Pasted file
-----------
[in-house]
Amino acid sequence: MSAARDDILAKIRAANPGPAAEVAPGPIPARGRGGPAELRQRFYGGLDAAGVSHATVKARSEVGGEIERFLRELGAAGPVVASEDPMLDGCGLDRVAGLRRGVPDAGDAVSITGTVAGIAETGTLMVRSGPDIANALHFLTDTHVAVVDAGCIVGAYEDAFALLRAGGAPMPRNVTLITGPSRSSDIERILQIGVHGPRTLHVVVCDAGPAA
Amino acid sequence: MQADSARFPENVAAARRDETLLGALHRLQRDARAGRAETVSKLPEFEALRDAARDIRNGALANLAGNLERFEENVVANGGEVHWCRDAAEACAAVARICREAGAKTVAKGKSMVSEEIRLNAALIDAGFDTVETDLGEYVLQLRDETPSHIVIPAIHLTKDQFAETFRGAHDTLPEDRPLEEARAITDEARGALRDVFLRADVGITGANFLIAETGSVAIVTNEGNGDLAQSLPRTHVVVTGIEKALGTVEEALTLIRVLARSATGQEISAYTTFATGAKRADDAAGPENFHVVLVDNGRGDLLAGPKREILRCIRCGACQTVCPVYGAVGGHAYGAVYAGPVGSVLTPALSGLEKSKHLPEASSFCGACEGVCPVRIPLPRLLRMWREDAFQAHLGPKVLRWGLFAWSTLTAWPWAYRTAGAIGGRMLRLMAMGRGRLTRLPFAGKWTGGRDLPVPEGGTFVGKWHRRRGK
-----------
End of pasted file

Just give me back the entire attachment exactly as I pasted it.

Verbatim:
[in-house]
Amino acid sequence: MSAARDDILAKIRAANPGPAAEVAPGPIPARGRGGPAELRQRFYGGLDAAGVSHATVKARSEVGGEIERFLRELGAAGPVVASEDPMLDGCGLDRVAGLRRGVPDAGDAVSITGTVAGIAETGTLMVRSGPDIANALHFLTDTHVAVVDAGCIVGAYEDAFALLRAGGAPMPRNVTLITGPSRSSDIERILQIGVHGPRTLHVVVCDAGPAA
Amino acid sequence: MQADSARFPENVAAARRDETLLGALHRLQRDARAGRAETVSKLPEFEALRDAARDIRNGALANLAGNLERFEENVVANGGEVHWCRDAAEACAAVARICREAGAKTVAKGKSMVSEEIRLNAALIDAGFDTVETDLGEYVLQLRDETPSHIVIPAIHLTKDQFAETFRGAHDTLPEDRPLEEARAITDEARGALRDVFLRADVGITGANFLIAETGSVAIVTNEGNGDLAQSLPRTHVVVTGIEKALGTVEEALTLIRVLARSATGQEISAYTTFATGAKRADDAAGPENFHVVLVDNGRGDLLAGPKREILRCIRCGACQTVCPVYGAVGGHAYGAVYAGPVGSVLTPALSGLEKSKHLPEASSFCGACEGVCPVRIPLPRLLRMWREDAFQAHLGPKVLRWGLFAWSTLTAWPWAYRTAGAIGGRMLRLMAMGRGRLTRLPFAGKWTGGRDLPVPEGGTFVGKWHRRRGK